Salman Bodla1, Richard Bodington1, Jennifer Abraham1, Hannah Adams1 and Shameen Jaunoo1,2*
1Warwickshire Surgical Research Group, Warwickshire. UK
2Oxford University Hospitals, Oxford. UK
Received: 12 January, 2016; Accepted: 23 February, 2016; Published: 25 February, 2016
Shameen Jaunoo, Warwickshire Surgical Research Group, Warwickshire. UK, E-mail:
Bodla S, Bodington R, Abraham J, Adams H, Jaunoo S (2016) Reciprocal Relationship between Compliance with Post-Op Follow-Up and Weight Loss after Bariatric Surgery. Arch Clin Gastroenterol 2(1): 004-006. 10.17352/2455-2283.000010
© 2016 Bodla S, et al. This is an open-access article distributed under the terms of the Creative Commons Attribution License, which permits unrestricted use, distribution, and reproduction in any medium, provided the original author and source are credited.
Obesity is a large and growing health problem in the UK with high associated costs to the NHS. Bariatric surgery is proven as an effective treatment for obesity associated with long term weight loss and a reduction in obesity related comorbidities . The NICE guidance highlights the importance of follow-up post-surgery . The guidelines state that in order to be eligible for surgery the patient must commit to long term follow-up and that in order for a centre to offer bariatric surgery it must ensure that it can provide regular MDT post-op assessment and support for at least two years . This should be followed by lifelong follow-up at least annually in the community . NICE recommends that follow-up should include dietary, nutritional and physical activity assessment, advice and support along with individualized psychological support and information regarding access to peer support groups . NICE have created these guidelines due to their observation that practice differs across the country and that there is a real risk of harm if nutritional deficiencies are not identified and managed . The rationale behind the NICE, and therefore the British obesity and metabolic surgery society (BOMSS) guidelines are based upon a number of papers that demonstrate the importance of follow-up on the success of bariatric surgery. Studies have demonstrated a significantly improved percentage excess weight loss (%EWL) in laparoscopically adjusted gastric band (LAGB) patients who returned for follow-up more frequently in the first post op year when compared to those who returned less frequently [4,5]. Other studies have shown that laparoscopic gastric bypass patients who did not attend clinic without being prompted had significantly worse %EWL and similar results have been demonstrated with sleeve gastrostomy patients [1,6]. Follow-up improves outcome via general and specific interventions. The general interventions are those focused on by the NICE guidance as outlined earlier. LAGB patients require the specific intervention of adjustment of the gastric band in order to ensure sufficient constriction to lead to weight loss.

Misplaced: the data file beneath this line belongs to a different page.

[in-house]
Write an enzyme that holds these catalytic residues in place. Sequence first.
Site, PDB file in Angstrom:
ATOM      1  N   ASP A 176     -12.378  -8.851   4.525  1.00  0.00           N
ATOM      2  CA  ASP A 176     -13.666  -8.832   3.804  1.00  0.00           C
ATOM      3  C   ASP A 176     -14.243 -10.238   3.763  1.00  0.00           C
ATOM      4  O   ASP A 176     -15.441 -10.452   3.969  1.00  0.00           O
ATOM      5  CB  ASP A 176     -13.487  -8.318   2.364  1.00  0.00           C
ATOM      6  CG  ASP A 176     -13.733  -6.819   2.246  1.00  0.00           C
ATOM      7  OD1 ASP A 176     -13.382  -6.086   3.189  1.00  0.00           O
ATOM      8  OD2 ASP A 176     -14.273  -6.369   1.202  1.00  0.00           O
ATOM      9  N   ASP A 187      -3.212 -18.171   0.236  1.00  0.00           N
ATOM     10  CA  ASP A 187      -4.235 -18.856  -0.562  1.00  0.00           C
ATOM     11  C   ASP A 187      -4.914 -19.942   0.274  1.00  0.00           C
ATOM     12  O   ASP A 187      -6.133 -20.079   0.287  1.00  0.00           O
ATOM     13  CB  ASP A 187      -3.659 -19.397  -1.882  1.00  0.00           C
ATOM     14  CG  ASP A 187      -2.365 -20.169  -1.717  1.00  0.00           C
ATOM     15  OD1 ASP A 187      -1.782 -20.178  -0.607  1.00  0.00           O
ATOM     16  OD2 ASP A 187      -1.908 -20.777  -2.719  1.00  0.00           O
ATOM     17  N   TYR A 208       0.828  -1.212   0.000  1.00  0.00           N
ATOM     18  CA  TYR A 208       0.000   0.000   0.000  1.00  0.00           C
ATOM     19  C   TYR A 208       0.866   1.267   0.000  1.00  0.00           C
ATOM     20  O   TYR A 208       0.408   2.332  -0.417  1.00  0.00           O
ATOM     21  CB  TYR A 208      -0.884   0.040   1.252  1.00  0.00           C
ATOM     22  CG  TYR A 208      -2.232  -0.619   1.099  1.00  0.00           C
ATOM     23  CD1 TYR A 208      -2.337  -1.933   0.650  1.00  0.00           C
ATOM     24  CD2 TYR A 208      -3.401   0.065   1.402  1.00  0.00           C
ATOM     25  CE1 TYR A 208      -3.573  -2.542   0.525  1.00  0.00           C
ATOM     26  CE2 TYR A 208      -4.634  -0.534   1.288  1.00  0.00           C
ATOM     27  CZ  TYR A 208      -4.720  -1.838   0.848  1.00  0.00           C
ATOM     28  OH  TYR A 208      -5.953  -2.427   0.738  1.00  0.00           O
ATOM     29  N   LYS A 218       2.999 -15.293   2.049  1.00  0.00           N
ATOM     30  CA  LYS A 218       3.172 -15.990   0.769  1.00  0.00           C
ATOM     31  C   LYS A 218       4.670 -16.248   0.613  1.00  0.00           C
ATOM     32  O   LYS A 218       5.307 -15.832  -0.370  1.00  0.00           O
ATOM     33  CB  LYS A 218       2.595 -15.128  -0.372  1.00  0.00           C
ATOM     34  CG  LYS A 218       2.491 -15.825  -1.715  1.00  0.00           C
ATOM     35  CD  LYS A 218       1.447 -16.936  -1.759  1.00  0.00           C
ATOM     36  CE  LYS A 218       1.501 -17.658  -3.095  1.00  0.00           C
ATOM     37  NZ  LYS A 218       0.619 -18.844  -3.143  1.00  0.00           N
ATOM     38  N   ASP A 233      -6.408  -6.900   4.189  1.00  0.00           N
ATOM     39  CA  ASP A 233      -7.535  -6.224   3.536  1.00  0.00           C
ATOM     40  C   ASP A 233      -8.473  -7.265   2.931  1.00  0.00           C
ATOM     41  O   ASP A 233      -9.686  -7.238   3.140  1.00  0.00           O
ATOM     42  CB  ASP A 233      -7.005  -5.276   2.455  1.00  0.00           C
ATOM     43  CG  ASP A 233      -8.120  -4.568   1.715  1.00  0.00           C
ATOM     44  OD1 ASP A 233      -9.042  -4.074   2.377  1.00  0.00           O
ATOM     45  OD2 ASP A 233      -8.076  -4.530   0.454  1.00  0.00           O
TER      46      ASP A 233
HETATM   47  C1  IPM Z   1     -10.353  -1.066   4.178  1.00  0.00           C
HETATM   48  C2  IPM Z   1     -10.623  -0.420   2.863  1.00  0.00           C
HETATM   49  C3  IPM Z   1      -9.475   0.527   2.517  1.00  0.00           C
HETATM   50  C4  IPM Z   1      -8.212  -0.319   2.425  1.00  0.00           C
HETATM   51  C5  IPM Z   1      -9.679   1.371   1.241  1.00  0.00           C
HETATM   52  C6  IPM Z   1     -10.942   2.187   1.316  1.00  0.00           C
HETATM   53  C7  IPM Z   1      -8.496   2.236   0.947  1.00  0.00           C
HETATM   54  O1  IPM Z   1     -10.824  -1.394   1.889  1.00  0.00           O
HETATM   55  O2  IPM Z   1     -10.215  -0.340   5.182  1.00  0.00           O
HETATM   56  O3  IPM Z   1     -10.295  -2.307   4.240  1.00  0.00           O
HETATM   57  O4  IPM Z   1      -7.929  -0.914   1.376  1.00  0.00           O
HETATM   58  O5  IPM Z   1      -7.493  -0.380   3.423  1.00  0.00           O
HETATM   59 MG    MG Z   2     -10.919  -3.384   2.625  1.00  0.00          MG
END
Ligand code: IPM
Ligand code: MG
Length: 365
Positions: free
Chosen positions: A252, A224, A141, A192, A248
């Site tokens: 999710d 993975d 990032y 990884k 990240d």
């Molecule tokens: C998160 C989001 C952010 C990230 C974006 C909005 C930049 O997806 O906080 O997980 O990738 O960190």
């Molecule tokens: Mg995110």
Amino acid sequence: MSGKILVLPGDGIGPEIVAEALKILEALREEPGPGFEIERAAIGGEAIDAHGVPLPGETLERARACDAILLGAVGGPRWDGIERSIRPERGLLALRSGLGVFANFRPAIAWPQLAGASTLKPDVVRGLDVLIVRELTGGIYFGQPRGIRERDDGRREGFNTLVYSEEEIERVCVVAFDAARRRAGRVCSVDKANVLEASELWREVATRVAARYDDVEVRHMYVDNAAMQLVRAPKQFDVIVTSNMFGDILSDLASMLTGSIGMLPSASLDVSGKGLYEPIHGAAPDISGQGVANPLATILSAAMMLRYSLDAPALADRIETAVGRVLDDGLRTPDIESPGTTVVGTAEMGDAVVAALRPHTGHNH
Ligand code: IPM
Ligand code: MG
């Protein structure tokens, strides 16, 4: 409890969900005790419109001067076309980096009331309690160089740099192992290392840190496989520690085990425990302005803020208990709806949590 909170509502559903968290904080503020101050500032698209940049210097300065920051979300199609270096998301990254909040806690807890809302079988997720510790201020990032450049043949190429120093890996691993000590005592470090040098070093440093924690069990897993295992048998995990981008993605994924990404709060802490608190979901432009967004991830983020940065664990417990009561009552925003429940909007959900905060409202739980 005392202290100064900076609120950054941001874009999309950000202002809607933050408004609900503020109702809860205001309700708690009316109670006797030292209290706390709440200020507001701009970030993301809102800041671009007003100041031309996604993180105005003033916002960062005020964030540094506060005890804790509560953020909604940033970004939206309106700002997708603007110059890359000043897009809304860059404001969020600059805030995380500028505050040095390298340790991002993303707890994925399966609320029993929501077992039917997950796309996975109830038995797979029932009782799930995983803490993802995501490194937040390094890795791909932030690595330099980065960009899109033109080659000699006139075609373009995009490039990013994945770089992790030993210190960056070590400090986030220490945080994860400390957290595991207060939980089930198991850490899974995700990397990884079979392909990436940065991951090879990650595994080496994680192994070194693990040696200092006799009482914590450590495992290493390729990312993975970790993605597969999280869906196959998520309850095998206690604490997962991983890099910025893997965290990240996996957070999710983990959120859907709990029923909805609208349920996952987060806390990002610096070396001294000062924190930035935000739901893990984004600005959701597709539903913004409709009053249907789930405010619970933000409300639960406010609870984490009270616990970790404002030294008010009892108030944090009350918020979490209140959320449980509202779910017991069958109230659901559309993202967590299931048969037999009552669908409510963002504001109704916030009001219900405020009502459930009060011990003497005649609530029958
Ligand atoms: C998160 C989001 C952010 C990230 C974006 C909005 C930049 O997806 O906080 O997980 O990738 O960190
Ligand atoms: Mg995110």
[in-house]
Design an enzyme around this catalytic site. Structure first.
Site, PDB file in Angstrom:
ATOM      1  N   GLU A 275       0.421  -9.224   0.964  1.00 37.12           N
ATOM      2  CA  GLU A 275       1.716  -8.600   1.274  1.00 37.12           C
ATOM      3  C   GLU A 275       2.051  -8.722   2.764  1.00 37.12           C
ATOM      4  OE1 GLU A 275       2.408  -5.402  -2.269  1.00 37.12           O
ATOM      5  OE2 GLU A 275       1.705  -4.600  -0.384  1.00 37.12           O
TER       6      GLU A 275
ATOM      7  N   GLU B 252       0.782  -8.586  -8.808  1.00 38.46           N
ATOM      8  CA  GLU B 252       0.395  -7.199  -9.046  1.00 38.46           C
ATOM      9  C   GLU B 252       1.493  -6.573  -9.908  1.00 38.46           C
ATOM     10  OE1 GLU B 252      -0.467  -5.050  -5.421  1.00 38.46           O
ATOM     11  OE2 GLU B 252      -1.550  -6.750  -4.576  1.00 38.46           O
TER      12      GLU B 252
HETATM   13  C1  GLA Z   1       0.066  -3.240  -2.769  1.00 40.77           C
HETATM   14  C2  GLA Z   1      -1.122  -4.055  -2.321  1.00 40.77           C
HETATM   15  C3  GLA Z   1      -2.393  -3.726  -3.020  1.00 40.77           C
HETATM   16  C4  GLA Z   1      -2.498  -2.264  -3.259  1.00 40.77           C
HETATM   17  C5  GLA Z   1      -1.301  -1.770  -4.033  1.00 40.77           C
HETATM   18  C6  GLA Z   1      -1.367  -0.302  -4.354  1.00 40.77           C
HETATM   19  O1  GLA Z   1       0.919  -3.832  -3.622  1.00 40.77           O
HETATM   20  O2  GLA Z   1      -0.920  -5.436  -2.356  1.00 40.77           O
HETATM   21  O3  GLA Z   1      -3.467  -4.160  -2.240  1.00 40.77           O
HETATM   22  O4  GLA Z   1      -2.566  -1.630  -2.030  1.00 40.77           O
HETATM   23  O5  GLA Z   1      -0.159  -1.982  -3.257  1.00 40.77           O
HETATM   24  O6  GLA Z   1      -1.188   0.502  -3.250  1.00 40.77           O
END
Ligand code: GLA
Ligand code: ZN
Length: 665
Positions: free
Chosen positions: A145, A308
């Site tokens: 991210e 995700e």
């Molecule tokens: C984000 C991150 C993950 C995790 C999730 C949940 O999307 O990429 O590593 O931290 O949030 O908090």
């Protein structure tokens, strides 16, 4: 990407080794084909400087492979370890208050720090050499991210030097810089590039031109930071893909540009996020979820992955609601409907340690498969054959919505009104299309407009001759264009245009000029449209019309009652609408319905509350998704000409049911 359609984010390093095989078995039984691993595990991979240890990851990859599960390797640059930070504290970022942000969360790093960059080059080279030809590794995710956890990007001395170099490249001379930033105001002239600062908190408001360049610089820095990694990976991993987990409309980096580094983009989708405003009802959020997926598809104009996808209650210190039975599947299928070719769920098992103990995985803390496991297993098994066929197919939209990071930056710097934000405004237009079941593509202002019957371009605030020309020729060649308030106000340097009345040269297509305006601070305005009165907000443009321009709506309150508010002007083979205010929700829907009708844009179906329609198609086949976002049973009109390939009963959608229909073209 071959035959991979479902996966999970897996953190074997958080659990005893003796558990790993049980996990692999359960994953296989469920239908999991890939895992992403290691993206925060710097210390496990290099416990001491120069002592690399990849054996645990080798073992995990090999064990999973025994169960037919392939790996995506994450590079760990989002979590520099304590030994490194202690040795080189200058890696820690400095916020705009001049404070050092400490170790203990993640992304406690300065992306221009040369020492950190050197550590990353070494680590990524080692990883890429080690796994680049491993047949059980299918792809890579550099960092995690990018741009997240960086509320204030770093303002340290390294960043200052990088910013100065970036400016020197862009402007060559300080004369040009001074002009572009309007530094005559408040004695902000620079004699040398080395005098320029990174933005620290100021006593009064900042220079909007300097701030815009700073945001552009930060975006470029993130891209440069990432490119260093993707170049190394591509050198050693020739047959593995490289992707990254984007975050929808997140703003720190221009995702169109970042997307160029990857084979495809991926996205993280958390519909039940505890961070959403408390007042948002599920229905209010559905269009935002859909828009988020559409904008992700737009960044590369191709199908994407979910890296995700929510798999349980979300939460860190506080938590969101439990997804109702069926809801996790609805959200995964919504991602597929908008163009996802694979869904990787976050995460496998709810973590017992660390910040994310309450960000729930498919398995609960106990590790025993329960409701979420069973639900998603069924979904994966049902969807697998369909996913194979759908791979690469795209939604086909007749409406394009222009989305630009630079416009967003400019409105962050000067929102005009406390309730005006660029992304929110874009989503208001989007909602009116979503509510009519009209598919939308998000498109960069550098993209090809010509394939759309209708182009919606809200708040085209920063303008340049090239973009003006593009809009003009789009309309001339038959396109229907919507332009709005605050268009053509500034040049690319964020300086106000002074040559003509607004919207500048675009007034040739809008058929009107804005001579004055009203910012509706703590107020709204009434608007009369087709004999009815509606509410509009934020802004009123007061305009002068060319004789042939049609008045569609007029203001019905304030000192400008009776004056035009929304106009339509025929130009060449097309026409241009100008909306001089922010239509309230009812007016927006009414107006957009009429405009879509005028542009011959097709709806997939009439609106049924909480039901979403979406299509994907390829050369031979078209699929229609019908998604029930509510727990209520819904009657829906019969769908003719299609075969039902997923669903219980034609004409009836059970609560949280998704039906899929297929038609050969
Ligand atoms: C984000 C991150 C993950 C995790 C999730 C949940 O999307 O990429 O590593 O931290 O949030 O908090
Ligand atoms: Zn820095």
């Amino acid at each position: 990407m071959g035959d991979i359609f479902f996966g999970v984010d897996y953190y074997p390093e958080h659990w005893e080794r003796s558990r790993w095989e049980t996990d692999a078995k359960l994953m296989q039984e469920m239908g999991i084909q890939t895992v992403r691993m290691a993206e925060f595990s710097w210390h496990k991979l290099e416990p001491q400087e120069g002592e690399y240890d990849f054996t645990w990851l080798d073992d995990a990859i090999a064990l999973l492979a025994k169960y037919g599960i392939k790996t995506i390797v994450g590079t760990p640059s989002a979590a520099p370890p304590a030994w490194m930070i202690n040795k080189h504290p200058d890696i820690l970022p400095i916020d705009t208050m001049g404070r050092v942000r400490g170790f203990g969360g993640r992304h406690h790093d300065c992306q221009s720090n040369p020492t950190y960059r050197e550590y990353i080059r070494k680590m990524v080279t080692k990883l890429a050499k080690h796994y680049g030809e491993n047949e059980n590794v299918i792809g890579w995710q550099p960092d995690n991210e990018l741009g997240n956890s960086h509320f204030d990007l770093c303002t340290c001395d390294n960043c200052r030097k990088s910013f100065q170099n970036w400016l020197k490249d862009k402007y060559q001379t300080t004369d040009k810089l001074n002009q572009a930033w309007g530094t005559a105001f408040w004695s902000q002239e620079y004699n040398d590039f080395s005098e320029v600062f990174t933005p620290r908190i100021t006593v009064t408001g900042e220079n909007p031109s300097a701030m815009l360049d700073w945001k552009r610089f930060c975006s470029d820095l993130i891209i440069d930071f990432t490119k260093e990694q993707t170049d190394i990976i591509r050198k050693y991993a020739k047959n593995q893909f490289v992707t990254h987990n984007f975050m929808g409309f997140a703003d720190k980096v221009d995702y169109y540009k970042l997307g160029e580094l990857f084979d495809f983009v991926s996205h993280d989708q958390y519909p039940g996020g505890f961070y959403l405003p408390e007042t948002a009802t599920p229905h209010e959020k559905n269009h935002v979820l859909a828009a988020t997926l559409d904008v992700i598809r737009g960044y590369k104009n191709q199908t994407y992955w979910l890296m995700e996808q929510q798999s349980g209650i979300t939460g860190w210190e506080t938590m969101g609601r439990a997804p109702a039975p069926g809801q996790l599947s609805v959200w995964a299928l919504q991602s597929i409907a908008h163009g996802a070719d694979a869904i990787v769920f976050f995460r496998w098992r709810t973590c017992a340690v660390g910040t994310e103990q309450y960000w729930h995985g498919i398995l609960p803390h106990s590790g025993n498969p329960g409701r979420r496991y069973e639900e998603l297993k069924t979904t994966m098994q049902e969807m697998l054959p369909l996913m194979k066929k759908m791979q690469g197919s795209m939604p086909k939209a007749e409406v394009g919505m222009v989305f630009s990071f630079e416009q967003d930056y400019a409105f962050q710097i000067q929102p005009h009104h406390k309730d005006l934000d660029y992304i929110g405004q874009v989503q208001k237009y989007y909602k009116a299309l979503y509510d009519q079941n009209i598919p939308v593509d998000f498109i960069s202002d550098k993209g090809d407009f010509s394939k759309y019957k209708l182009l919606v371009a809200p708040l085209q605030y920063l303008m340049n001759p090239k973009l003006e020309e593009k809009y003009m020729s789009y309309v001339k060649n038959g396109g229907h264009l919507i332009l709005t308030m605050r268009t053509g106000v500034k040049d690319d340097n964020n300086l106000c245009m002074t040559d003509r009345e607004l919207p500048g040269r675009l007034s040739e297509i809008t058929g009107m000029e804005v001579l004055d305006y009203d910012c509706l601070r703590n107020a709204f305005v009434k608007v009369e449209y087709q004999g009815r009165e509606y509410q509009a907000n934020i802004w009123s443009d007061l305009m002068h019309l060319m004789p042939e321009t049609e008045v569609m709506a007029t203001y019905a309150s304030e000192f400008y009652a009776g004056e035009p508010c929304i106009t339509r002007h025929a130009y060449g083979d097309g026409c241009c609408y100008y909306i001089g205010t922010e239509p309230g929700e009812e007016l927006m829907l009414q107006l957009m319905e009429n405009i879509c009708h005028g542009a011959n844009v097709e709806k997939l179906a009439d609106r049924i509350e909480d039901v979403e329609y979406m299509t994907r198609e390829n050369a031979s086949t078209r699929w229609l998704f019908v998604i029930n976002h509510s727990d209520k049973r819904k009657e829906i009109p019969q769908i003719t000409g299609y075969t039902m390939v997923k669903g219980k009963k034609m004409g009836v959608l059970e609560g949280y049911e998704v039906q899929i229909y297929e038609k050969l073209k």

In this single-centre retrospective study we investigate the relationship between compliance with post-op follow-up appointments and the effect on excess weight loss in patients undergoing LAGB, gastric sleeve and Roux-en Y gastric bypass (RYGBP) operations.
Our data was gathered from bariatric out-patient clinic follow-up at the university Hospital of Coventry and Warwickshire (UHCW), Coventry, UK between 2009-2013, 164 post-bariatric surgery (BS) patients with similar initial BMI were included (70 LAGB, 70 sleeve gastrostomies and 24 Roux-en Y gastric by-passes (RYGBP)). Calculations of percentage excess weight lost (%EWL) were calculated based on a BMI of 25 and were recorded at intervals of 1-2 months, 3-4 months, 5-6 months, 8-9 months, and 10-12 months if attendance allowed. Data was analyzed using Microsoft Excel 2010.
One hundred and sixty four post-BS patients with similar initial BMI were included in our study (70 LAGB, 70 sleeve gastrostomies and 24 Roux-en Y gastric by-passes (RYGBP)). The average BMI of the LAGB group was 51.4, 52.5 for the gastric sleeve and 50.7 for the RYGBP group with no significant difference between the groups at baseline. 65.2% of patients were female and this proportion did not differ significantly between groups. Attendance at post-op appointments steadily declined with 83.75% patients attending at 1-2 (P=ns), 52.25% at 5-6 (P=0.011) and 61.25% at 10-12 months (P=0.002) (Figure 1). The number of appointments attended by LAGB, Sleeve and By-Pass patients did not differ significantly (Median 3-4; P=0.1-0.46). EWL Figures at 10-12 months were available for 36 LAGB (51.42%), 43 Sleeve (61.42%), and 16 (66.67%) RYGBP patients. LAGB patients with poor compliance (3 or less appointments) lost significantly less weight than those with 4 or more appointments (%EWL 15.9 vs. 33.7; P=0.01-0.004), while the same did not affect %EWL for Sleeve and By-Pass patients (P=0.26-0.72) (Figure 2). Interestingly, initial weight loss also affected subsequent attendance. Patients who managed to achieve >20% EWL at 1-2 months attended significantly less appointments compared to those with ≤20% EWL (P=0.0012) (Figure 3).
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